The concept is very simple. I believe that there is a storyteller in each one of us. Everyone has a magic bag, full of stories, but you need some help in sorting the stories out so that you can use the right story before the right audience. This is where I come in. I sensitize people about the stories that they have inside them and then I help them tell those stories effectively. In short, I facilitate people to harness the power of stories and help them discover expressions, emotions and life through them. I use ‘Golpo’, the Bengali word for story in my work. Golpo means a story, but it also means ‘having a conversation’, a noun and a verb at the same time. After all that is what stories do, generate conversations.

Kuch tum batao, kuch hum batayein, humari qisse mein kuch lamhe bitayae…

I primarily work with 3 large segments:

  • Children, Parents, Teachers – Golpo
  • Entrepreneurs, Professionals and Small Businesses – Golpo Connect
  • Corporates – Corporate Golpo

[color-box color=” customcolorpicker=” rounded=false dropshadow=false]Not everyone wants to strip off their emotions and reveal the true person inside. Not everyone is comfortable listening to someone else’s stories. Most importantly, not everyone is willing to invest in storytelling. [/color-box]

You conduct storytelling workshops that last from 1 hour to as long as weeks. How different is the experience?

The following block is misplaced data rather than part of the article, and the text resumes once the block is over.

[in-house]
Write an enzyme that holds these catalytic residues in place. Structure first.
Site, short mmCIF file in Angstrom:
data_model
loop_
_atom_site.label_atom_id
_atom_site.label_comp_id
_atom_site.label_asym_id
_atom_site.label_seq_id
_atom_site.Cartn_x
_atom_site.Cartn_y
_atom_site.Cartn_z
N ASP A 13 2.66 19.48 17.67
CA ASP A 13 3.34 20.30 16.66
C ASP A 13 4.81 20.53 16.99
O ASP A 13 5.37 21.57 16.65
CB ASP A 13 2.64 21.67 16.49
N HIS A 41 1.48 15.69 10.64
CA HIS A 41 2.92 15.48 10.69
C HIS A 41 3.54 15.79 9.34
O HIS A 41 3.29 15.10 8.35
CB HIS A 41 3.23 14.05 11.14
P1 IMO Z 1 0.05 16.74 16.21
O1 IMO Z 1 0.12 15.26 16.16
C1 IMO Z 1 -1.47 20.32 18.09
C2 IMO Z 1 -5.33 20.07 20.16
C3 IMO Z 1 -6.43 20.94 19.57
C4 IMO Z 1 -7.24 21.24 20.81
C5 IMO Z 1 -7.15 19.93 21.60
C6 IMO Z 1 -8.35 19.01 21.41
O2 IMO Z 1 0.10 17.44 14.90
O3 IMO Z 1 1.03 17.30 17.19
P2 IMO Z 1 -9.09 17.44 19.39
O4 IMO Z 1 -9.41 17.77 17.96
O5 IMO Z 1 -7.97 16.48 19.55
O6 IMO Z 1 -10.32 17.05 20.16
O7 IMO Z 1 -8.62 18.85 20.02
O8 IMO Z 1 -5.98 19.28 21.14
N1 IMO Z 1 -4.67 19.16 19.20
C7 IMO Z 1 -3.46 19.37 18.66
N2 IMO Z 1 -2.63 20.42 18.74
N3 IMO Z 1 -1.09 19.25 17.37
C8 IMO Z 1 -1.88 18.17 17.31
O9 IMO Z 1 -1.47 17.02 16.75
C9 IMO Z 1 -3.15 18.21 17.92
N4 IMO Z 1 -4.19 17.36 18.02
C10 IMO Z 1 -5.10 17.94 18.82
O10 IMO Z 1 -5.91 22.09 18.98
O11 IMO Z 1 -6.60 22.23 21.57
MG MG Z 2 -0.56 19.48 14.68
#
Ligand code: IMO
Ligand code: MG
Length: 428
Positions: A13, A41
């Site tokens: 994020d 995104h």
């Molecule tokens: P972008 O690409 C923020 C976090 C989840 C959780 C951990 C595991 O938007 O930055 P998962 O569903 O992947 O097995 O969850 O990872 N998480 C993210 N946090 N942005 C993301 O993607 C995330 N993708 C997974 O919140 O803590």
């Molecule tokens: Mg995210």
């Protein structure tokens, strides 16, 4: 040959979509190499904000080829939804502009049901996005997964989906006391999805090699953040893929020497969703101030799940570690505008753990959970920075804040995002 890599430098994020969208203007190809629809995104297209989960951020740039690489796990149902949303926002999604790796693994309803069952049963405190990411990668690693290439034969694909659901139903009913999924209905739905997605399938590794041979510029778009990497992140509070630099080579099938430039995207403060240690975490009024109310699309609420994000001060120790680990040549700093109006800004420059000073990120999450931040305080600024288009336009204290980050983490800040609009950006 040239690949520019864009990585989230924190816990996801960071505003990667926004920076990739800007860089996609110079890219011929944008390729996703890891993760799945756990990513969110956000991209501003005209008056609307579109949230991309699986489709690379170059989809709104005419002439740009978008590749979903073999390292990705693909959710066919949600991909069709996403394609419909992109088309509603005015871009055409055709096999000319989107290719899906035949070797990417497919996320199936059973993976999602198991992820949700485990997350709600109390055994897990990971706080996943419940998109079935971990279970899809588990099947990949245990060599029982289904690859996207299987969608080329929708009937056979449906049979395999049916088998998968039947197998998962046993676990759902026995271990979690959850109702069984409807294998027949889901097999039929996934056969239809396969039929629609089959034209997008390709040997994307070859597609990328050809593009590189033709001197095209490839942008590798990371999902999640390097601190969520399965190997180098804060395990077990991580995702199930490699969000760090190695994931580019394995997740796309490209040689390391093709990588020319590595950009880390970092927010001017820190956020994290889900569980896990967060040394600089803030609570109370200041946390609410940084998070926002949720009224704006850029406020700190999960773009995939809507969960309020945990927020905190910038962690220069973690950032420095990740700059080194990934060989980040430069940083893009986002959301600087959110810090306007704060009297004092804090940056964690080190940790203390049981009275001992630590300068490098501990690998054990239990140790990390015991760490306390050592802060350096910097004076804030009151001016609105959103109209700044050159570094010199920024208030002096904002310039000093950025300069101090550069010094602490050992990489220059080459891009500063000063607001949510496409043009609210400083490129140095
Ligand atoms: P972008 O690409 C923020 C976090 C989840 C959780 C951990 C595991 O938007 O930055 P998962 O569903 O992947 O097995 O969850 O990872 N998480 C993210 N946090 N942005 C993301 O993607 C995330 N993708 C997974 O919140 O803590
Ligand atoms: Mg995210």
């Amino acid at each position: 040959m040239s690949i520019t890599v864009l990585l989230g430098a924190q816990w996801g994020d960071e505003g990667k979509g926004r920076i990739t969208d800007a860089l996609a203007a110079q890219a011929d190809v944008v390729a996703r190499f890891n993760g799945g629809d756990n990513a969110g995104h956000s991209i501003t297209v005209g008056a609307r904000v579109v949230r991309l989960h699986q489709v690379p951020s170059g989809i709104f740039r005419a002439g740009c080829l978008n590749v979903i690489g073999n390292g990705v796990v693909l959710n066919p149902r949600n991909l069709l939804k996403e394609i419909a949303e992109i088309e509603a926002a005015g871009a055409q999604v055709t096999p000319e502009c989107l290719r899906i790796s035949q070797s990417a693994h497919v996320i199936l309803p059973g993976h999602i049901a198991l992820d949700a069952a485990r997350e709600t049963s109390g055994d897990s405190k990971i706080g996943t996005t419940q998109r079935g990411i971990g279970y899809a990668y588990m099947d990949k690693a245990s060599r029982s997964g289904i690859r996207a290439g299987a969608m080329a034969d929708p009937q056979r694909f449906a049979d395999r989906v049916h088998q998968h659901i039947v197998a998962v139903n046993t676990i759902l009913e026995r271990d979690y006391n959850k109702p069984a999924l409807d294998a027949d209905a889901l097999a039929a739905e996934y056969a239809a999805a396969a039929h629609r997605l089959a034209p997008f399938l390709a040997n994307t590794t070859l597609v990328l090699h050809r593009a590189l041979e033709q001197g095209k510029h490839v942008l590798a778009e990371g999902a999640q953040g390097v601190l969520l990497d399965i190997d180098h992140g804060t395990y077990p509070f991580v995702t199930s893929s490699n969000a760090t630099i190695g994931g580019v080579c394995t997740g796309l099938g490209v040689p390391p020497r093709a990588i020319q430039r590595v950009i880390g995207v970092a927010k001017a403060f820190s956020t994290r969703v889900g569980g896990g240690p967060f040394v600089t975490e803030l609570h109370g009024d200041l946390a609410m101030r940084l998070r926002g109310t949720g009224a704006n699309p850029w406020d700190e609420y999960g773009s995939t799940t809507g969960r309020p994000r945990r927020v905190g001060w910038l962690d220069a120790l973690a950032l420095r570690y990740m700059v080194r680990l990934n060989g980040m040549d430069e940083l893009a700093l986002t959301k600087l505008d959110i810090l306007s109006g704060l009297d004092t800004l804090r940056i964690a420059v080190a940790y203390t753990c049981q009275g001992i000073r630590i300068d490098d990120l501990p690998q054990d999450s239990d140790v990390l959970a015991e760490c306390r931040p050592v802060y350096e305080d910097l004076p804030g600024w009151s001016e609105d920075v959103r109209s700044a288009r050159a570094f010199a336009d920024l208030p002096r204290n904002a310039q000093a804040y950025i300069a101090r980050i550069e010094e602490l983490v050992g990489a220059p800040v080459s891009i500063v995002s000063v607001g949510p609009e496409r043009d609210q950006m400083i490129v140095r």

As different as soaking your toes in a pool of water or diving into the sea for discovery.

While I believe that everyone needs to tell stories, I also believe that not everyone can tell stories effectively. Similarly not everyone is sold on the concept of storytelling. Not everyone wants to strip off their emotions and reveal the true person inside. Not everyone is comfortable listening to someone else’s stories. Most importantly, not everyone is willing to invest in storytelling. Therefore the short workshops are designed for sensitizing the audience. It is like awareness building or that scoop of ice cream that you try before deciding whether to buy the whole tub! The longer format is for those willing to invest time, effort and money to discover the power of stories. It is an immersive program that not just changes the way a person sees life, but also how one sees oneself. Whenever I conduct a storytelling workshop, I tell people, that this will change your life. This will change the way you see yourself, and the way the world sees you. And mostly I am right!

Do you feel storytelling is an art form whose practice has to be limited to a few people?

Yes and no!